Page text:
A woman was sold a $3990 vacuum cleaner by a door-to-door salesperson and was in line to pay more almost $1500 in interest before intervention by a financial complaints service.
Betty (not her real name) signed a 36-month finance agreement when taking on the expensive vacuum cleaner and got a $700 discount on the $3990 purchase price when trading in her old model for the new one.
But Betty made only four payments of $31 before falling into arrears after having surgery.
Debt recovery action was issued against her and she returned the unused vacuum cleaner but still owed $1072 due to debt collection fees.
After Betty complained to the Insurance & Financial Services Ombudsman (IFSO) the company confirmed it would write off her outstanding loan debt, and would not pursue her further.
The ombudsman's case manager believed the finance company did not obtain all the relevant information about Betty's financial situation, prior to entering into the loan.
"For example, Betty had not listed any expenses for transport in the income and expenses form," the IFSO said.
"She said she owned a house, but there were no rates payments listed. The case manager also believed the bank statement the credit provider relied on did not provide sufficient transactions to verify Betty's income and expenses."
The complaint was one highlighted by the Insurance & Financial Services Ombudsman's annual report.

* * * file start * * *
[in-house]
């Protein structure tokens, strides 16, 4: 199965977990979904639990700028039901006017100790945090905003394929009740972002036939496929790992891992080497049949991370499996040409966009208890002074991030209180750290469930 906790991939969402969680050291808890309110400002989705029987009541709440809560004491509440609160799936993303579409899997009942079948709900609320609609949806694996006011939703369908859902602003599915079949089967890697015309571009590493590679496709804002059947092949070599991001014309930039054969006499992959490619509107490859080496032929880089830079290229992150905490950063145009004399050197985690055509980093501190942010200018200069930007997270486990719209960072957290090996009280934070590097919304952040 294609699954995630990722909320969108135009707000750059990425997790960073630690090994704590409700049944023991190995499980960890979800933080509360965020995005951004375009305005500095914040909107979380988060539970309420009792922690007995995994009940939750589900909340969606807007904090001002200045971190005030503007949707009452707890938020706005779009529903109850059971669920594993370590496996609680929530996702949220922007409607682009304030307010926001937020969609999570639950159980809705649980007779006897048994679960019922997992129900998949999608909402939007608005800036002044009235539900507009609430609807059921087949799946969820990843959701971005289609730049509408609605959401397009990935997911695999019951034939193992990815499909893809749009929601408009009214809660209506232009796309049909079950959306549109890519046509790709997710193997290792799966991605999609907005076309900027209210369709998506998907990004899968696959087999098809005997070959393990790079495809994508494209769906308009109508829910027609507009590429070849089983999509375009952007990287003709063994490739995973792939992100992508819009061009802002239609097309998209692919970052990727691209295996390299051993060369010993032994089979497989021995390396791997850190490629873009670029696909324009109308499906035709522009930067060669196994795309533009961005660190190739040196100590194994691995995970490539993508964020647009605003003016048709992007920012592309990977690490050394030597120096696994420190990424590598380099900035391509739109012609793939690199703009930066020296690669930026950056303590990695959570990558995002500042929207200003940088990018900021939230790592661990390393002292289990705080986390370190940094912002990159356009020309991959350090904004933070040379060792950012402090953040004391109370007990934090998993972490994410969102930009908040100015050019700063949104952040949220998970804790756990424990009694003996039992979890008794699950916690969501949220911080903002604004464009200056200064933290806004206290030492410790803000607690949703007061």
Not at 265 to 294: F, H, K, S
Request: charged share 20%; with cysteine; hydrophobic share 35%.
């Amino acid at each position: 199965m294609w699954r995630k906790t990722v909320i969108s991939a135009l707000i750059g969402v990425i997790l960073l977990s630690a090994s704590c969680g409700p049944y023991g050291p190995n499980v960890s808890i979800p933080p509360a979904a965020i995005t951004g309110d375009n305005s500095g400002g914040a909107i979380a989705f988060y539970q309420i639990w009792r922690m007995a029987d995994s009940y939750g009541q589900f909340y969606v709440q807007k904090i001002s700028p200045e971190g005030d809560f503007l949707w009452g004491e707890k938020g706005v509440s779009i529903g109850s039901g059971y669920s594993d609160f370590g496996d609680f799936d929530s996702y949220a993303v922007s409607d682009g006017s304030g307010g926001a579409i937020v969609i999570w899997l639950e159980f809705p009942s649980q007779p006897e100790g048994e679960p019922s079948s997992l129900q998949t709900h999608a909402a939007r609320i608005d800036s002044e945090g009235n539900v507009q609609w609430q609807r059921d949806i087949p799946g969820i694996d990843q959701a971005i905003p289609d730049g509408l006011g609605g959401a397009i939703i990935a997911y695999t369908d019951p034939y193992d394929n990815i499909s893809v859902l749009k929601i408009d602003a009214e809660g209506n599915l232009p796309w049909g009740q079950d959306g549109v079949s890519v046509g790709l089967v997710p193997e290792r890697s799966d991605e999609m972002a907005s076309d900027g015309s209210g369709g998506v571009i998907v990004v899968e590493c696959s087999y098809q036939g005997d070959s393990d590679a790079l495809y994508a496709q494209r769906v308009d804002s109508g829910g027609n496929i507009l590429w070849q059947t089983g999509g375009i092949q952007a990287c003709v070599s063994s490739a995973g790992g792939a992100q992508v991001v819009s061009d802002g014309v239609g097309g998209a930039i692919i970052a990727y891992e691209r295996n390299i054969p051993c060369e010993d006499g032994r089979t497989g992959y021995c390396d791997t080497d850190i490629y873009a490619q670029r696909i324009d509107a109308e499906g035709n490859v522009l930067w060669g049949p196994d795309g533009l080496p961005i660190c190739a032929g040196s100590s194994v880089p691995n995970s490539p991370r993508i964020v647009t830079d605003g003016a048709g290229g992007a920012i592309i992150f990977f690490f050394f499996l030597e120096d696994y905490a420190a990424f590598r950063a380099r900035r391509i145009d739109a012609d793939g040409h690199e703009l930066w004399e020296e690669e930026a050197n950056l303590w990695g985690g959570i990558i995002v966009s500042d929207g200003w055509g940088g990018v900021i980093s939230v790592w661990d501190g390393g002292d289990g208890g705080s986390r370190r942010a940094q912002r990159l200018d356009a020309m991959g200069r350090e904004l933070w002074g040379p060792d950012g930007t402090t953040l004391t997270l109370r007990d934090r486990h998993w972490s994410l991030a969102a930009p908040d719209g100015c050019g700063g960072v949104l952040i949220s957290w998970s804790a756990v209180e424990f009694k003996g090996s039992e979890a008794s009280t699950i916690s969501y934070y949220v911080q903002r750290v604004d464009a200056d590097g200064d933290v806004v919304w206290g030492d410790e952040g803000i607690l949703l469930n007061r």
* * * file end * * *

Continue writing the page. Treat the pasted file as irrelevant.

The report, released today, says there were 320 complaints in the 12 months to June - the highest number in 20 years.
"The increase in complaints could reflect an increase in awareness about our free and independent service, and the right to complain about insurance or financial services, Insurance & Financial Services Ombudsman Karen Stevens said.
Stevens said the most complaints were about general insurance, followed by health, life and disability insurance.
There were 206 general insurance complaints (64 per cent of all complaints), which includes house (85), travel (46), vehicle (35), and contents insurance (21).
Nearly 100 complaints (or 31 per cent) were about health, life and disability insurance - 36 were about health, 25 life, 21 income protection, and 13 trauma insurance.